Nice to preallocate the StringBuilder, but why are you dragging floating point into the calculation? The result has to be an integer, so you might as well, do everything in integer math.

The kata specification assures us that the parameters are in range, so there's no point in checking.
Further, checking you are doing is insufficent and misleading. You check for too low, but not too high. And it's wrong. Given Past(-1, 1,0) will return 60000, but it's an invalid time. There is no correct answer. If you needed to check the range, it should be:

if (h <0 || h > 23)
throw new ArgumentOutOfRangeException("h", "Hour must be in range (0...23)");

If there are zero dragons, he's still a hero, even if he has no bullets, which makes the first clause in the if() both unnecessary and conterproductive.

If there are zero dragons, he's still a hero, even if he has no bullets, which makes the second clause in the if() both unnecessary and conterproductive.

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Nice to preallocate the StringBuilder, but why are you dragging floating point into the calculation? The result has to be an integer, so you might as well, do everything in integer math.

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Tsk,Tsk. You always do the entire calculation twice. sloppy & wasteful.

This comment is hidden because it contains spoiler information about the solution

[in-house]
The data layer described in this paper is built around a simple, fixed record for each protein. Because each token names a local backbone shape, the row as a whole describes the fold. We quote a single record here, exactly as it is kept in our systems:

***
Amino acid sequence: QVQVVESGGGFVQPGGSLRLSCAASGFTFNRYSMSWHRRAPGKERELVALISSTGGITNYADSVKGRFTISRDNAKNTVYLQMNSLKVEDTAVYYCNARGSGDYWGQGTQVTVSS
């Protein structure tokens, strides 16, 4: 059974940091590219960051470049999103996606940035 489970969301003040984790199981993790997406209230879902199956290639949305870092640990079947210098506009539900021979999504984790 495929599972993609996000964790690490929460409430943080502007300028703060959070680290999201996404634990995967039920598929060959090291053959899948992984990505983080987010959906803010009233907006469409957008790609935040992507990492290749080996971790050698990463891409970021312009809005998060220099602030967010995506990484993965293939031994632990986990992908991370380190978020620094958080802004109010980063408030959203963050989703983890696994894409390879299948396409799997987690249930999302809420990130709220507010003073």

This comment is hidden because it contains spoiler information about the solution

The kata specification assures us that the parameters are in range, so there's no point in checking.

Further, checking you are doing is insufficent and misleading. You check for too low, but not too high. And it's wrong. Given Past(-1, 1,0) will return 60000, but it's an invalid time. There is no correct answer. If you needed to check the range, it should be:

He has defeated all challengers. He has not lost to anyone. That's a victory.

Division is the slowest of the basic arithmetic operations, and you do the same division TWICE? What's wrong one division with a simple ">=" ?

Why are we dragging floating point math into a simple integer calculation?

If there are zero dragons, he's still a hero, even if he has no bullets, which makes the first clause in the if() both unnecessary and conterproductive.

If there are zero dragons, he's still a hero, even if he has no bullets, which makes the second clause in the if() both unnecessary and conterproductive.

Why should he fail if the number of dragons is zero? That should be an easy win for him.

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